So it is that every day it renders the employment of free will less useful and more rare; it confines the action of the will in a smaller space and little by little steals the very use of free will from each citizen….[It] reduces each nation to being nothing more than a herd of timid and industrious animals of which the government is the shepherd.

Each of us must decide to what extent Tocqueville’s foreboding has been fulfilled. People of faith might well ask this: Does the tendency of modern politics to take on more and more tasks in order to ameliorate the human condition tend to mute religion’s message about reconciling us to that condition? And people of faith might well worry whether religious institutions can flourish in the dark shade beneath a government that presumes to supply every human need and satisfy every appetite.

And those of us in the “none” camp must confront the other side of the same question: Can our limited government and free society long endure if the work of our civil society, which so often is the work of our religious institutions, is taken up instead by the government? To the extent that the politics of modernity attenuates the role of religion in society, it threatens society’s vitality, prosperity, and happiness. The late Irving Kristol understood this. Although not an observant Jew, he described himself as “theotropic,” by which he meant oriented to the divine. He explained why in these words:

[A] society needs more than sensible men and women if it is to prosper: It needs the energies of the creative imagination as expressed in religion and the arts. It is crucial to the lives of all of our citizens, as it is to all human beings at all times, that they encounter a world that possesses a transcendent meaning, a world in which the human experience makes sense. Nothing is more dehumanizing, more certain to generate a crisis, than to experience one’s life as a meaningless event in a meaningless world.

We may be approaching what is, for our nation, unexplored and perilous social territory. Europe is now experiencing a widespread waning of the religious impulse, and the results are not attractive. It seems that when a majority of people internalize the big-bang theory and ask, with Peggy Lee, “Is that all there is?”; when many people decide that the universe is merely the result of a cosmic sneeze with no transcendent meaning; when they conclude that therefore life should be filled to overflowing with distractions, with comforts and entertainments, to assuage the boredom — then they may become susceptible to the excitements of a politics promising ersatz meaning and spurious salvations from a human condition bereft of transcendence.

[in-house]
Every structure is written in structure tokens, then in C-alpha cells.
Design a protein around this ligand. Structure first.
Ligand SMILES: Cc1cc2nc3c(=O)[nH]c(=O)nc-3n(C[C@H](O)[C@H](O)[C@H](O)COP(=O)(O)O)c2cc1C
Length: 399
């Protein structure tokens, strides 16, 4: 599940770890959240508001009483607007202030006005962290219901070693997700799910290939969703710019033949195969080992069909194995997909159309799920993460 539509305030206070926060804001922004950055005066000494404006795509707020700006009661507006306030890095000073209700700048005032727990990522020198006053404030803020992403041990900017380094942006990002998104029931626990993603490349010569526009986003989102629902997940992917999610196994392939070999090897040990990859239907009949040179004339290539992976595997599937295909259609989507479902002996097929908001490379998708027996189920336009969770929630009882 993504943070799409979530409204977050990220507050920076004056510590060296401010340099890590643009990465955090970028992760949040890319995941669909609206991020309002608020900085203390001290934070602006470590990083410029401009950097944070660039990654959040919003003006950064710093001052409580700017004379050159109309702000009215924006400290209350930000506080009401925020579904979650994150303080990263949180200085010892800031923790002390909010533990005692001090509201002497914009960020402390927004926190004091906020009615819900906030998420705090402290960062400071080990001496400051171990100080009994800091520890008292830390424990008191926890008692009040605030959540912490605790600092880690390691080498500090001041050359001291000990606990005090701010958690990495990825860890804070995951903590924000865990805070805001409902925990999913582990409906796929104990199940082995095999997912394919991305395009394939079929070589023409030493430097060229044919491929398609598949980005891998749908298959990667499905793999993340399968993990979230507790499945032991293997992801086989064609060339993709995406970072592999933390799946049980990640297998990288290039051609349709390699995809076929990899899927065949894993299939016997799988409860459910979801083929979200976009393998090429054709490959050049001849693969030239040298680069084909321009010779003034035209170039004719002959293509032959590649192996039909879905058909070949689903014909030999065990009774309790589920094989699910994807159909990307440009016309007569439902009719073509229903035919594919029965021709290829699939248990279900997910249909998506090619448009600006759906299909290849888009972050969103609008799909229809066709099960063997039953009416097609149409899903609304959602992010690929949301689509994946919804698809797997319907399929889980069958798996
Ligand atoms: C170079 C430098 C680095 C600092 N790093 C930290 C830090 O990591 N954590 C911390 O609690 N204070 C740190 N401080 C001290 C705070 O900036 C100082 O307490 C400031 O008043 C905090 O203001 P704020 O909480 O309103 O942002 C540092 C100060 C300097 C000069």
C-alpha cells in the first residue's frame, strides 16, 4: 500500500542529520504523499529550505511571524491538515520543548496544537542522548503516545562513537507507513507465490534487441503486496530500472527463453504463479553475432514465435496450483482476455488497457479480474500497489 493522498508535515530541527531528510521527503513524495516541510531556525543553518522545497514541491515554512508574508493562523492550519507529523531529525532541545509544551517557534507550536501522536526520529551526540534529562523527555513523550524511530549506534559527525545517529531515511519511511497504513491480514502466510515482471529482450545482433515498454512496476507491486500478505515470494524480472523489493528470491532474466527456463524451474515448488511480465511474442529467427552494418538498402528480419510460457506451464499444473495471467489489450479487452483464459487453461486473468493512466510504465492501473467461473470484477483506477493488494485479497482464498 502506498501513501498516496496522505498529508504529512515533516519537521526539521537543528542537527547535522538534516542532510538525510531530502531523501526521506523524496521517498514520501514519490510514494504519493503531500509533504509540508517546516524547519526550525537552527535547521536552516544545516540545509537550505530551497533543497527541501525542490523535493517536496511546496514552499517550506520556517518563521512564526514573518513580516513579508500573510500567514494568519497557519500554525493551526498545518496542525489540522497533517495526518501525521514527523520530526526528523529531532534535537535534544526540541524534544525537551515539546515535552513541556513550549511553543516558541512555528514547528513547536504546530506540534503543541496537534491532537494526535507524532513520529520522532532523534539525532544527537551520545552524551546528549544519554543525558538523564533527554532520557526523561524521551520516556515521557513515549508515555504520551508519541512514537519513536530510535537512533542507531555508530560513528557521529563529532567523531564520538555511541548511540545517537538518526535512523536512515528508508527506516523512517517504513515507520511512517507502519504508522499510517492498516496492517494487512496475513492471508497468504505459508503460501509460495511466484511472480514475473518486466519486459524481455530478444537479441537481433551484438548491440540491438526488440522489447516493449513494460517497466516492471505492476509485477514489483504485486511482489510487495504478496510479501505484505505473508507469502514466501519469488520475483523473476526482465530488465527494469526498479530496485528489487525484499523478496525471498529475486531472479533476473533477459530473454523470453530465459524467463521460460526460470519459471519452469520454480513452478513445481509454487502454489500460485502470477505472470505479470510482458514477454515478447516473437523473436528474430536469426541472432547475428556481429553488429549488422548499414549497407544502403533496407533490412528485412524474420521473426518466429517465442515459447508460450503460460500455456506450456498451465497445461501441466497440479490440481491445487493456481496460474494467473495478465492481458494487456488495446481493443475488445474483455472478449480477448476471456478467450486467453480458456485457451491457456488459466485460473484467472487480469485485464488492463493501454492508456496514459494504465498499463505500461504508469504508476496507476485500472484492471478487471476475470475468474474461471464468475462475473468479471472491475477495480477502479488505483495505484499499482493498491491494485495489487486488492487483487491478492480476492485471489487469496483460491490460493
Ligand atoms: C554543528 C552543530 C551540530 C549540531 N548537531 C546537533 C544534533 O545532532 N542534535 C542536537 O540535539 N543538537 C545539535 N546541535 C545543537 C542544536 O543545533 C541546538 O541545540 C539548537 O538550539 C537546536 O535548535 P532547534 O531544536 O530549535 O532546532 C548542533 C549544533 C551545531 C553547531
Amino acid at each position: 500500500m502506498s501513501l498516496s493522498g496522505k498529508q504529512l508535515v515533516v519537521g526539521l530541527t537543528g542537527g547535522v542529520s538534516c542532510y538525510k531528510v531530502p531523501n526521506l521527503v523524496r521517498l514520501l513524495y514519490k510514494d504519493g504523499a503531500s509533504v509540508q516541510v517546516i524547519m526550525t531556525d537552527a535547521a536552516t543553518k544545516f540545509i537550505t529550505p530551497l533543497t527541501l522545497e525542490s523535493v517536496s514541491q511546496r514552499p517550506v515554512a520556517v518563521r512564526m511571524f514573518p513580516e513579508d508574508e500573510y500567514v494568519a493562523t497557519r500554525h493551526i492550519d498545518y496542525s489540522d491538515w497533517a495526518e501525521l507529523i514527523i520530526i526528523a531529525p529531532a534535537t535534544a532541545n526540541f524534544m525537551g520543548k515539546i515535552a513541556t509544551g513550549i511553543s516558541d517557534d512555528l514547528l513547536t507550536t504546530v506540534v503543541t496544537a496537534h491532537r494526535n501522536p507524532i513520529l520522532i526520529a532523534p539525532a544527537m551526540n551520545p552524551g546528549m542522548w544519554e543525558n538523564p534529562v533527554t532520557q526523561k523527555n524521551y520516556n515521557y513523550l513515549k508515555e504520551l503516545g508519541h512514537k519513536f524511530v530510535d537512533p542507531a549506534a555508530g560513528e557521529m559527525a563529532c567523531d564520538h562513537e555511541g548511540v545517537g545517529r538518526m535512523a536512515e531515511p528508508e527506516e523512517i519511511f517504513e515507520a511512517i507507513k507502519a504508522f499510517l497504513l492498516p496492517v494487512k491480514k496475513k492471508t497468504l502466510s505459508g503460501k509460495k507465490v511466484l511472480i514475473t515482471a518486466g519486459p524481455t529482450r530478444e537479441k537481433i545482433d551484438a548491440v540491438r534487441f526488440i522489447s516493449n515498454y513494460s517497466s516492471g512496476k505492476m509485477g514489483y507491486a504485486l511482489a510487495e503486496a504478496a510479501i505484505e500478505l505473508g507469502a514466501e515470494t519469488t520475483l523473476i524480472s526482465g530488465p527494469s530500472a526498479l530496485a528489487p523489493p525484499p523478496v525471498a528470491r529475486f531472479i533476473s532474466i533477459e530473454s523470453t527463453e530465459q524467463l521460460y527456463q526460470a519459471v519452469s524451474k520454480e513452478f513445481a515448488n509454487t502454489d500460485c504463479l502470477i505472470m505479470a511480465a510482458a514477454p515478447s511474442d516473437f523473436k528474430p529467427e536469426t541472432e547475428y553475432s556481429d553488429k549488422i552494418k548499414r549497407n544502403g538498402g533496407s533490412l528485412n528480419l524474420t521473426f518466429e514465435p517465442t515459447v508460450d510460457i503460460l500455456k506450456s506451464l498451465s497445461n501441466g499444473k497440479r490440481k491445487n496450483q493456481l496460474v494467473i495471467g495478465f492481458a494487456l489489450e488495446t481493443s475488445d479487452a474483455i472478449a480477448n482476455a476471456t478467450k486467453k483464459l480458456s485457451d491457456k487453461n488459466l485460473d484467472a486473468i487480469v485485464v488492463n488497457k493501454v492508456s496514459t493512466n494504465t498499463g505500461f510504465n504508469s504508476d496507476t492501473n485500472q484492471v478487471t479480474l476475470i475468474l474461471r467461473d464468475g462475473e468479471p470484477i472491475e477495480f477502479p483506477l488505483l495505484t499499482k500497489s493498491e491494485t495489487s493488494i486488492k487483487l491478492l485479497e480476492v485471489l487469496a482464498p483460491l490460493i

We know from the bitter experience of the blood-soaked 20th century the political consequences of this felt meaninglessness. Our political nature abhors a vacuum, and a vacuum of meaning is filled by secular fighting faiths, such as fascism and communism. Fascism gave its adherents a meaningful life of racial destiny. Communism taught its adherents to derive meaning from their participation in the eschatological drama of History’s unfolding destiny. The excruciating political paradox of modernity is that secularism advanced in part as moral revulsion against the bloody history of religious strife. But there is no precedent for bloodshed on the scale produced in the 20th century by secular — by political — faiths.

Therefore, even those of us who are members of the growing cohort that the Pew survey calls “nones,” even we — perhaps especially we — should wish continued vigor for the rich array of religious institutions that have leavened American life. We do so for reasons articulated by the most articulate American statesman.

In 1859, beneath gathering clouds of war and disunion, a successful railroad lawyer turned presidential aspirant addressed the Wisconsin State Agricultural Society. He concluded his speech with the story of an oriental despot who assigned to his wise men the task of devising a proposition to be carved in stone and be forever in view and forever true. After some while they returned to the despot and the proposition they offered to him was: “And this too shall pass away.” Only this, they argued, would be true until the end of time. How consoling that proposition is in times of grief, Lincoln said, and how chastening in times of pride. And yet, he insisted, it is not necessarily true. If we Americans cultivate the moral and intellectual world within us as assiduously and prodigiously as we cultivate the physical world around us, perhaps we shall long endure.

We have long endured. We shall endure further. This is so in large part because of America’s wholesome division of labor between political institutions and the institutions of civil society — including, especially, religious institutions — that mediate between the citizen and the state, and so make freedom possible.

Read the whole thing.